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French-African Film Festival
September 8, 2005

The French Department at Calvin College is taking a long-standing program of using film with its students and expanding the effort thanks to a grant from Tournées.

This fall the department and the Calvin Film Forum will team up to show five films in 15 days (see below for schedule), all of which have a specific French-African focus and all of which are in French with English subtitles. All will be shown at 7:30 p.m. in the Bytwerk Video Theater at Calvin and are free and open to the public.

Calvin French professor Jolene Vos-Camy says the upcoming film series is significant in several ways.

"Through a festival focusing on French-African films," she says, "we will provide a strong background to Calvin College courses in French and in other departments that are tied to African and African Diaspora culture. At the same time we hope we are honoring Calvin College's commitment to providing opportunities for cross-cultural engagement and the promotion of racial justice and reconciliation."

She says the festival will highlight the rich ethnic and aesthetic diversity of French-African film-making and credits Tournées for making the series possible.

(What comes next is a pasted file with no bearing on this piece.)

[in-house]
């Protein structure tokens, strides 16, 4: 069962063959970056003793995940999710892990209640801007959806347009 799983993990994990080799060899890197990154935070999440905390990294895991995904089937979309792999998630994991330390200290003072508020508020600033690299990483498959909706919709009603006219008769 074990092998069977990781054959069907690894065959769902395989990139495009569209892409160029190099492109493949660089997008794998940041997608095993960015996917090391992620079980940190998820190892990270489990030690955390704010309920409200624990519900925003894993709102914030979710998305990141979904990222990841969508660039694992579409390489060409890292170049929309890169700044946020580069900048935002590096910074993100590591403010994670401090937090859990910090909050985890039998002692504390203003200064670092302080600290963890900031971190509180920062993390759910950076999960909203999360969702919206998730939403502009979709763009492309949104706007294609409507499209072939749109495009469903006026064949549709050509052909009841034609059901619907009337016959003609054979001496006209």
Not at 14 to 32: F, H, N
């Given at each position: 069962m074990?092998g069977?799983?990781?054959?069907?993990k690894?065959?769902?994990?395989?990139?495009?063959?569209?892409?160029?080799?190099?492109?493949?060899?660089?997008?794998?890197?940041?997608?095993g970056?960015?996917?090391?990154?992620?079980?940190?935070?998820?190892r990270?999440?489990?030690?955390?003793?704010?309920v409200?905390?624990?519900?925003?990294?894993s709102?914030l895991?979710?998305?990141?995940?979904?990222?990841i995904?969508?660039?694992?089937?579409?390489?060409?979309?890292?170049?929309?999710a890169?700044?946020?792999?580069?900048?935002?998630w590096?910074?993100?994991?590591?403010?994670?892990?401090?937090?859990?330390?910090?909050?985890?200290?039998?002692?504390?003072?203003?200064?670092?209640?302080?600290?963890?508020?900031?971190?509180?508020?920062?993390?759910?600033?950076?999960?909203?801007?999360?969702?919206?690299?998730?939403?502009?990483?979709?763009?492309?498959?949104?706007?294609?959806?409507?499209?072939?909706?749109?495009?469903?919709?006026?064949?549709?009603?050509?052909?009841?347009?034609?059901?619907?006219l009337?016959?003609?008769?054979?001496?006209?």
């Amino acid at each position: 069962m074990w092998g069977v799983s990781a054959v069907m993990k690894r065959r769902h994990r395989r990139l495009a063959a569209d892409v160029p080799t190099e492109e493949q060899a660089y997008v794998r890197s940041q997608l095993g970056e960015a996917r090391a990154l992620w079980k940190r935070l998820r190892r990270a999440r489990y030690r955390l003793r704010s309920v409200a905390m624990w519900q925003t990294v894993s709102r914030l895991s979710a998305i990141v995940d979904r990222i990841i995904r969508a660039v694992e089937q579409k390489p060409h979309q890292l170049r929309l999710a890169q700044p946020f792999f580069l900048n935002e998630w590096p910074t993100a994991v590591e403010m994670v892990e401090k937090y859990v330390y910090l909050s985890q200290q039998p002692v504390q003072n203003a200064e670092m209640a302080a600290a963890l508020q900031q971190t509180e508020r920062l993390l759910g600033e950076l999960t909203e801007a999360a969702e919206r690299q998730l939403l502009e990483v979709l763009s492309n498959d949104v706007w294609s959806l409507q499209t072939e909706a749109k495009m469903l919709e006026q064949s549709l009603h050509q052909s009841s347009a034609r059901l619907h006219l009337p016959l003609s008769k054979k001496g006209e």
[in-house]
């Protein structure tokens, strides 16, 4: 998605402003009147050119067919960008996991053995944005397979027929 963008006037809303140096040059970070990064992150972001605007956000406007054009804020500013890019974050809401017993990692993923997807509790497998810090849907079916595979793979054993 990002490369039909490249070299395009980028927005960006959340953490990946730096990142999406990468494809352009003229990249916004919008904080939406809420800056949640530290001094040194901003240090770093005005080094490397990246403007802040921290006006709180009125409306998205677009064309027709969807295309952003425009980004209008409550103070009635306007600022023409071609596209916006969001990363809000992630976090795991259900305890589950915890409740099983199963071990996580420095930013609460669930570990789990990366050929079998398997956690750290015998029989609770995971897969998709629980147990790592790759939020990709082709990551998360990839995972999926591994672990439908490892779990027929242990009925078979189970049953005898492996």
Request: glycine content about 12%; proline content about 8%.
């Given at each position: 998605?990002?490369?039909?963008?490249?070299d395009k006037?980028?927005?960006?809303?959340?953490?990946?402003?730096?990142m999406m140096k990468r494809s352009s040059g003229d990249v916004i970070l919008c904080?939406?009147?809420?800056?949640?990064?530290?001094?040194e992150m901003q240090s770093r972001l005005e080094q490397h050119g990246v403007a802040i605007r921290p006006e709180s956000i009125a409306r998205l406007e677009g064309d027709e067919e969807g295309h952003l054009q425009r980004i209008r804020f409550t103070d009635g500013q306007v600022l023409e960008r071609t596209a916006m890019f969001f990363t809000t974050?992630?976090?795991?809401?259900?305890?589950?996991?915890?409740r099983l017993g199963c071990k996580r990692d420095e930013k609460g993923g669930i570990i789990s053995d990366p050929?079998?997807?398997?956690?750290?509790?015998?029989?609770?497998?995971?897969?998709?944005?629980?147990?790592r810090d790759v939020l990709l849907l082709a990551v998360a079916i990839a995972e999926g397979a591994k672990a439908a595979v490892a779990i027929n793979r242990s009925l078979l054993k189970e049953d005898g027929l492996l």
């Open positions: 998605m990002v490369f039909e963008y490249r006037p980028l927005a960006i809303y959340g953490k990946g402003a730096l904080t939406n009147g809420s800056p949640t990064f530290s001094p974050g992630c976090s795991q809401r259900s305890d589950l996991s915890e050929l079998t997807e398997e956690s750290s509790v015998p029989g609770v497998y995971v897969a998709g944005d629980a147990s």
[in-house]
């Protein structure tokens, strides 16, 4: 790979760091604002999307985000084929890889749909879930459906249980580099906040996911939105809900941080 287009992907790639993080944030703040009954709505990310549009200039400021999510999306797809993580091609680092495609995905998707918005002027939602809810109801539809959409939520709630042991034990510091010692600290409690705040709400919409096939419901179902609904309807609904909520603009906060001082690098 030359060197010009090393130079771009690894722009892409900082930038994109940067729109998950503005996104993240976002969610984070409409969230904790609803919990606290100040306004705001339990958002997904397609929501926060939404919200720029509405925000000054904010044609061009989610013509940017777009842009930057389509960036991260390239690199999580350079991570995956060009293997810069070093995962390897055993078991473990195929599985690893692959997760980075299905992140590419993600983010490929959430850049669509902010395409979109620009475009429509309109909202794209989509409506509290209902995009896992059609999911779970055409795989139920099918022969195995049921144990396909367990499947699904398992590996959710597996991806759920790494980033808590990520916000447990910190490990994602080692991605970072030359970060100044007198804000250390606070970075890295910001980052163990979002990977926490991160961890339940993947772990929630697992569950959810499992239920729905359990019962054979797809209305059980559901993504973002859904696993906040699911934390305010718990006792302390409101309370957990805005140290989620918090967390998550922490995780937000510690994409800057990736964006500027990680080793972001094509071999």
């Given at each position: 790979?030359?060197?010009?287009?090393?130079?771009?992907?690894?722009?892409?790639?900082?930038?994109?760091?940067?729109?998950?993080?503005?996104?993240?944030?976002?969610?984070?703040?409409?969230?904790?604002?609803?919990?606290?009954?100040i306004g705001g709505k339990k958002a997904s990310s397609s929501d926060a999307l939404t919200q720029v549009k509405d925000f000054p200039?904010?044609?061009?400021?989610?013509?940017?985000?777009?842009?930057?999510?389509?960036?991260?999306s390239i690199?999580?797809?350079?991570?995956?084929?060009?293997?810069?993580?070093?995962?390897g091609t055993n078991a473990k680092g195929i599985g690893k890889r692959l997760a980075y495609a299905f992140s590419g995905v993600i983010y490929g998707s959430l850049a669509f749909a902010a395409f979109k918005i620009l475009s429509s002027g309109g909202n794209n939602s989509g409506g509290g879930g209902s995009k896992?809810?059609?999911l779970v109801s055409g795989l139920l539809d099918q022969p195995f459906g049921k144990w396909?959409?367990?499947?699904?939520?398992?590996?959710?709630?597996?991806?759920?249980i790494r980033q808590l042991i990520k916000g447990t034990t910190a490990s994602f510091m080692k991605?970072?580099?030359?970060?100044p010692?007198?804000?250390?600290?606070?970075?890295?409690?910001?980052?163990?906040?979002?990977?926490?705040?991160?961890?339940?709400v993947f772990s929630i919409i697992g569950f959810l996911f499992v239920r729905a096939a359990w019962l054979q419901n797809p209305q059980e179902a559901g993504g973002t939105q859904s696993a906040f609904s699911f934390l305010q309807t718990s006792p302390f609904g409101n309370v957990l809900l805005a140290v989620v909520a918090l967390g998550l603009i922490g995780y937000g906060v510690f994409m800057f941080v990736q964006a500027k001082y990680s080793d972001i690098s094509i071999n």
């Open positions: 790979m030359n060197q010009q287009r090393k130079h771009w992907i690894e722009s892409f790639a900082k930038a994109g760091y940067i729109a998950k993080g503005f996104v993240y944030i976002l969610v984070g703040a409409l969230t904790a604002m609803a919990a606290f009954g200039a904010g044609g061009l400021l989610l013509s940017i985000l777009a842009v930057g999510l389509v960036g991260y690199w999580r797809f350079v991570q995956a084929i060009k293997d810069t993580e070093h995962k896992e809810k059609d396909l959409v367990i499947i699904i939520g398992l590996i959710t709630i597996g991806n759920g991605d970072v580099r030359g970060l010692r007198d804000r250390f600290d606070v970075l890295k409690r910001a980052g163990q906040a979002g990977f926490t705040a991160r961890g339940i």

"Because of distribution costs we have not been able to hold a public festival," she says. "With the support of the grant we will open up our screenings to the entire Calvin College student body as well as viewers from other colleges and the broader Grand Rapids community."

Tournées was launched in 1995 to encourage the distribution and viewing of contemporary French films at educational institutions. In collaboration with the French Ministry of Foreign Affairs, the Centre National de la Cinématographie, the Florence Gould Foundation and the French-American Cultural Fund, FACE Council supports French film festivals and screenings on over 50 college campuses across the country each year.

French-African Film Festival at Calvin

  • September 15 - Le Grand Voyage (France/Morocco, 2004) - A few weeks before his high school final exam, Réda, a young man who lives in the south of France, is chosen to drive his aging father to Mecca in Saudi Arabia for the traditional pilgrimage.
  • September 16 - The Hop (Belgium, 2000) - Justin and his father Dieudonné are illegal African immigrants living in Brussels. In The Hop, director Dominique Standaert treats the subject of childhood and immigrant life with great humor, alternating tragic situations with comic details.
  • September 22 - Raja (France/Morocco 2003) - Frederic, a rich Frenchman who lives an idle life in contemporary Marrakech, tries to seduce Raja, one of his young servants, and ends up falling in love with her.
  • September 23 - Inch'Allah Dimanche (France/Algeria, 2001) - Yamina Benguigui, director of the documentaries Women of Islam and Immigrant Memories, fashions a poignant, often humorous portrait of an Arab woman's initiation into French provincial life in the mid-1970s.
  • September 30 - Abouna (France/Chad, 2002) - In N'Djamena, the dry, dusty capital of Chad, two boys are abandoned by their father, an event quite common in this poor country.